The Emergence of Climate Law Courses

It’s an increasingly widespread law school course.

The U.S. legal system has only begun to address climate change in the past ten or fifteen years. It was inevitable that this subject would infiltrate basic environmental law courses, especially given that there have now been three Supreme Court cases on the subject.  But climate change is now increasingly the subject of separate courses and seminars.

I recently conducted a survey of environmental law professors and found that almost sixty schools now have a regular offering on climate law.  The full list is at the end of this post.  It includes a wide range of schools in terms of geography (including schools in Australia, Canada, and South Africa).  It includes schools from all levels of the U.S. News rankings.  The list is surely underinclusive because some people may not have received the survey or didn’t respond.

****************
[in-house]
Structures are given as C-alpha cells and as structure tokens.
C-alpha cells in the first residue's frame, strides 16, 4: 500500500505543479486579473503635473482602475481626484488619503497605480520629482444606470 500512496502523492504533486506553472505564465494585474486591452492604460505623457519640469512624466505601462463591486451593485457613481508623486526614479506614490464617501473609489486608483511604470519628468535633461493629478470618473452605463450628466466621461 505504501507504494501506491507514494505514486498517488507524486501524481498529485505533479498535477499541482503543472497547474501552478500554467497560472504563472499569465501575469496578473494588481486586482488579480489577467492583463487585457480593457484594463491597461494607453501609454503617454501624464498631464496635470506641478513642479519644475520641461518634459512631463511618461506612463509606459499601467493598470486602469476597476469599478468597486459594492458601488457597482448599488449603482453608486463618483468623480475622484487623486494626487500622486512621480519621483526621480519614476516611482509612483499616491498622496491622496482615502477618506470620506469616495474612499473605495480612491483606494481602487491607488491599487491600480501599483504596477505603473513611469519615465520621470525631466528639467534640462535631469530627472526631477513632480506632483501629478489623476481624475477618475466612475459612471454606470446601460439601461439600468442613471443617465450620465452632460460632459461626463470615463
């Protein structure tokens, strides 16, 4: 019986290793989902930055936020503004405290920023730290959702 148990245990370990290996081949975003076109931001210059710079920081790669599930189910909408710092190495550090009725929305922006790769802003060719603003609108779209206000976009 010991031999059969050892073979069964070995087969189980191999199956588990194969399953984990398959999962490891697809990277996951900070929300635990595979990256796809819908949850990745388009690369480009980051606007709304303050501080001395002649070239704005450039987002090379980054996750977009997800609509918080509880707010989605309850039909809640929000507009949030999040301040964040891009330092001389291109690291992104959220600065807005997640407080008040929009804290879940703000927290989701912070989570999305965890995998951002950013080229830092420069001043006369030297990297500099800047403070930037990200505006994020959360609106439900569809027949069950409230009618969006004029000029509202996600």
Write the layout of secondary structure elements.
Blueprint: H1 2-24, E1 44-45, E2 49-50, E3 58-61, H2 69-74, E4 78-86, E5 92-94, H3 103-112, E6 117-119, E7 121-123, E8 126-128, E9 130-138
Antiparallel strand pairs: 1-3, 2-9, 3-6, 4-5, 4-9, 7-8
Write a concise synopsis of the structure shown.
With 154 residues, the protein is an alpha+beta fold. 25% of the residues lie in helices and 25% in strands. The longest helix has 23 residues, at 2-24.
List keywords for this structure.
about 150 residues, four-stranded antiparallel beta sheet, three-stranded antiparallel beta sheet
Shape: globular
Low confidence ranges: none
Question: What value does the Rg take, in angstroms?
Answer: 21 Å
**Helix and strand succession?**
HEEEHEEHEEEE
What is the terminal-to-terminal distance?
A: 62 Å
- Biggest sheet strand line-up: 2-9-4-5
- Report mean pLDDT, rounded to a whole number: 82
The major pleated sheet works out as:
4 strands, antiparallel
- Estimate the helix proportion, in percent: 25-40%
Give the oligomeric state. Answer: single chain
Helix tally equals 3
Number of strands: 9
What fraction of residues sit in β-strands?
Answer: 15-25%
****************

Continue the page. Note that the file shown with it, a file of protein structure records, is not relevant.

It seems inevitable that there will be more climate classes as time goes on – not only will there be more law on the subject, but the subject will loom increasingly large in the real world.  There may well be separate courses on mitigation (reducing carbon) and adaptation to climate change.  My guess is that climate change will not only be the subject of separate courses, but it will also appear in various other parts of the curriculum.  Climate may show up in the casebooks  in securities law cases about whether corporations properly disclosed their exposure to climate risks, in contracts cases about carbon allowances, in constitutional cases about the power of states to regulate carbon, in IP cases about low-carbon technologies, and in property rights cases about coastal areas. Something as pervasive as climate change will necessarily pop up in many different legal contexts.